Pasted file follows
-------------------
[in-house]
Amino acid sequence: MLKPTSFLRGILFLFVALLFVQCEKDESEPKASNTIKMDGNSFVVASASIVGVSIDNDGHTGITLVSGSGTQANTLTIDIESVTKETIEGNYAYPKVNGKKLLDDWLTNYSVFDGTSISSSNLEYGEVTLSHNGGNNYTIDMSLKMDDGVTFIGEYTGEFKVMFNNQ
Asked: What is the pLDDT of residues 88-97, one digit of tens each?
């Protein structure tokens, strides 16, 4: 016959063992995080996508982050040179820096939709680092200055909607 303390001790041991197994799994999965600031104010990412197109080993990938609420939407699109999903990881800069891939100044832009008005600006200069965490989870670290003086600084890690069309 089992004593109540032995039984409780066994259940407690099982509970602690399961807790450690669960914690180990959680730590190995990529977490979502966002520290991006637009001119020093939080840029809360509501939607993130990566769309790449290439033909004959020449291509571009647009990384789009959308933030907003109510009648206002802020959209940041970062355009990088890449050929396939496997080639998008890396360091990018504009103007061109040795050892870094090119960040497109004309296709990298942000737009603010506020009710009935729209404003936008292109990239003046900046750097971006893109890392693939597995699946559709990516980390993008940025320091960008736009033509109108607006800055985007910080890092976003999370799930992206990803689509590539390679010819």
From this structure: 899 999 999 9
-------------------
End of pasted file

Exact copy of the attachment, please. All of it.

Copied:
[in-house]
Amino acid sequence: MLKPTSFLRGILFLFVALLFVQCEKDESEPKASNTIKMDGNSFVVASASIVGVSIDNDGHTGITLVSGSGTQANTLTIDIESVTKETIEGNYAYPKVNGKKLLDDWLTNYSVFDGTSISSSNLEYGEVTLSHNGGNNYTIDMSLKMDDGVTFIGEYTGEFKVMFNNQ
Asked: What is the pLDDT of residues 88-97, one digit of tens each?
């Protein structure tokens, strides 16, 4: 016959063992995080996508982050040179820096939709680092200055909607 303390001790041991197994799994999965600031104010990412197109080993990938609420939407699109999903990881800069891939100044832009008005600006200069965490989870670290003086600084890690069309 089992004593109540032995039984409780066994259940407690099982509970602690399961807790450690669960914690180990959680730590190995990529977490979502966002520290991006637009001119020093939080840029809360509501939607993130990566769309790449290439033909004959020449291509571009647009990384789009959308933030907003109510009648206002802020959209940041970062355009990088890449050929396939496997080639998008890396360091990018504009103007061109040795050892870094090119960040497109004309296709990298942000737009603010506020009710009935729209404003936008292109990239003046900046750097971006893109890392693939597995699946559709990516980390993008940025320091960008736009033509109108607006800055985007910080890092976003999370799930992206990803689509590539390679010819």
From this structure: 899 999 999 9